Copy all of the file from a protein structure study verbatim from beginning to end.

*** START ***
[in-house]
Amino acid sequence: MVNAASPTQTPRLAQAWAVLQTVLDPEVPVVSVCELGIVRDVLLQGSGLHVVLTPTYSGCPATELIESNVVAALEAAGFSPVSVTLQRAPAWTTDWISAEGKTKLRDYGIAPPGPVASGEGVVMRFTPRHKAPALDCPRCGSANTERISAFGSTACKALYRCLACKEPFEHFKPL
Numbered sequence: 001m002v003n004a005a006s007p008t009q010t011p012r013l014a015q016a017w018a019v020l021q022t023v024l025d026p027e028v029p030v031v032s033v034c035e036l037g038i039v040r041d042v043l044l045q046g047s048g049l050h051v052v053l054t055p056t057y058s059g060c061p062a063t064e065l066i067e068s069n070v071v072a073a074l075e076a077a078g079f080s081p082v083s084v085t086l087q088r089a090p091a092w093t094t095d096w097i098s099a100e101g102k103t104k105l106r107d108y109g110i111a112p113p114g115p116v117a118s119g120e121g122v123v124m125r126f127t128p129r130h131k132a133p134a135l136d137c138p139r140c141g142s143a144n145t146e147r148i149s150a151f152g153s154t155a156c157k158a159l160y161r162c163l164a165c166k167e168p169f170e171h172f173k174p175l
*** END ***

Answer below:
[in-house]
Amino acid sequence: MVNAASPTQTPRLAQAWAVLQTVLDPEVPVVSVCELGIVRDVLLQGSGLHVVLTPTYSGCPATELIESNVVAALEAAGFSPVSVTLQRAPAWTTDWISAEGKTKLRDYGIAPPGPVASGEGVVMRFTPRHKAPALDCPRCGSANTERISAFGSTACKALYRCLACKEPFEHFKPL
Numbered sequence: 001m002v003n004a005a006s007p008t009q010t011p012r013l014a015q016a017w018a019v020l021q022t023v024l025d026p027e028v029p030v031v032s033v034c035e036l037g038i039v040r041d042v043l044l045q046g047s048g049l050h051v052v053l054t055p056t057y058s059g060c061p062a063t064e065l066i067e068s069n070v071v072a073a074l075e076a077a078g079f080s081p082v083s084v085t086l087q088r089a090p091a092w093t094t095d096w097i098s099a100e101g102k103t104k105l106r107d108y109g110i111a112p113p114g115p116v117a118s119g120e121g122v123v124m125r126f127t128p129r130h131k132a133p134a135l136d137c138p139r140c141g142s143a144n145t146e147r148i149s150a151f152g153s154t155a156c157k158a159l160y161r162c163l164a165c166k167e168p169f170e171h172f173k174p175l